Routine Council Salute Brings Scolding From China
The Los Angeles City Council has been chided over the years for frequently dabbling in foreign affairs and not paying enough attention to plugging local potholes. Just last week, the council voted to support creation of an International Criminal Court by the United Nations. But city officials were still taken aback when one recent, seemingly mundane council action sparked a minor international incident.
It began when Councilman Dennis Zine met the outgoing director of the Taipei Economic and Cultural Office (TECO) at a party and invited him to be honored by the council at City Hall.
Shortly after honoring the outgoing director, Jason Yuan, Councilman Antonio Villaraigosa brought in the new director, Wu-Lien Wei, so the council could welcome him to Los Angeles.
Zine was surprised then to receive a sharply worded letter from Lai Bo, the consul of political affairs for the People’s Republic of China, criticizing the handling of the matter.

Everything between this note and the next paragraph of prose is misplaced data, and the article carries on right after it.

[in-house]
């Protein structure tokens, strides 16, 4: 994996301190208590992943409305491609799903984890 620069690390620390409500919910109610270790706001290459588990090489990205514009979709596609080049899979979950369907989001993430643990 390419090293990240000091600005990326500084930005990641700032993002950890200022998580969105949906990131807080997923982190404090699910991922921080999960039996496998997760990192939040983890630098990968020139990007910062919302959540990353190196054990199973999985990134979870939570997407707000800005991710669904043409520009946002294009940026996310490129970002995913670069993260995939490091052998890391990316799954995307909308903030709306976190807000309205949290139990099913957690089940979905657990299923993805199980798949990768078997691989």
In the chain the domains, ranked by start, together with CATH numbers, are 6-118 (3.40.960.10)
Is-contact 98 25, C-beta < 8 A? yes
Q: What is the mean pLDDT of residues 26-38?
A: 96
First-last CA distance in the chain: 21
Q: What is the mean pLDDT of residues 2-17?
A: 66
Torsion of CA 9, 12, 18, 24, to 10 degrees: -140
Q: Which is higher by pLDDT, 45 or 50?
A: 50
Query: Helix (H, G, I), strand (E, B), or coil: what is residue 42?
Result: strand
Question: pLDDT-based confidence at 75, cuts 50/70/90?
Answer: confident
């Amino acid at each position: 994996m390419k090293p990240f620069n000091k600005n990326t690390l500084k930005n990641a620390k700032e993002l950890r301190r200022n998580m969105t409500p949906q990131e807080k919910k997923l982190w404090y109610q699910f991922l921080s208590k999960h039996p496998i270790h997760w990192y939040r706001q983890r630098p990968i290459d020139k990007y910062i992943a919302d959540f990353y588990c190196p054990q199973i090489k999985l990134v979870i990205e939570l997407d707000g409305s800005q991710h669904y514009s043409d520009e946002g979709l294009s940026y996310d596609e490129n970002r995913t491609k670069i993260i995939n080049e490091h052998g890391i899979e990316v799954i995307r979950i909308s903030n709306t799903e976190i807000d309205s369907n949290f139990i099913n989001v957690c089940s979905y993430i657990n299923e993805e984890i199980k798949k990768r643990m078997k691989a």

Bo’s contention was that only his government should be recognized by the city as an official government of China. China views Taiwan as a renegade province.
“We hope that [Taiwan] will not be treated officially as a government and that the one-China policy will be observed,” Bo said in an interview.
He complained in the letter that a member of Zine’s staff had been “pledging that there would be no such thing as welcoming anyone from TECO in the City Council” and that “quite unbelievably, the above-mentioned welcoming ceremony did occur.”
Bo went on to write that “the whole process seemed rather ridiculous” and “never before have I come across similar situation that I felt being cheated, shocked and totally confused” by a city staffer.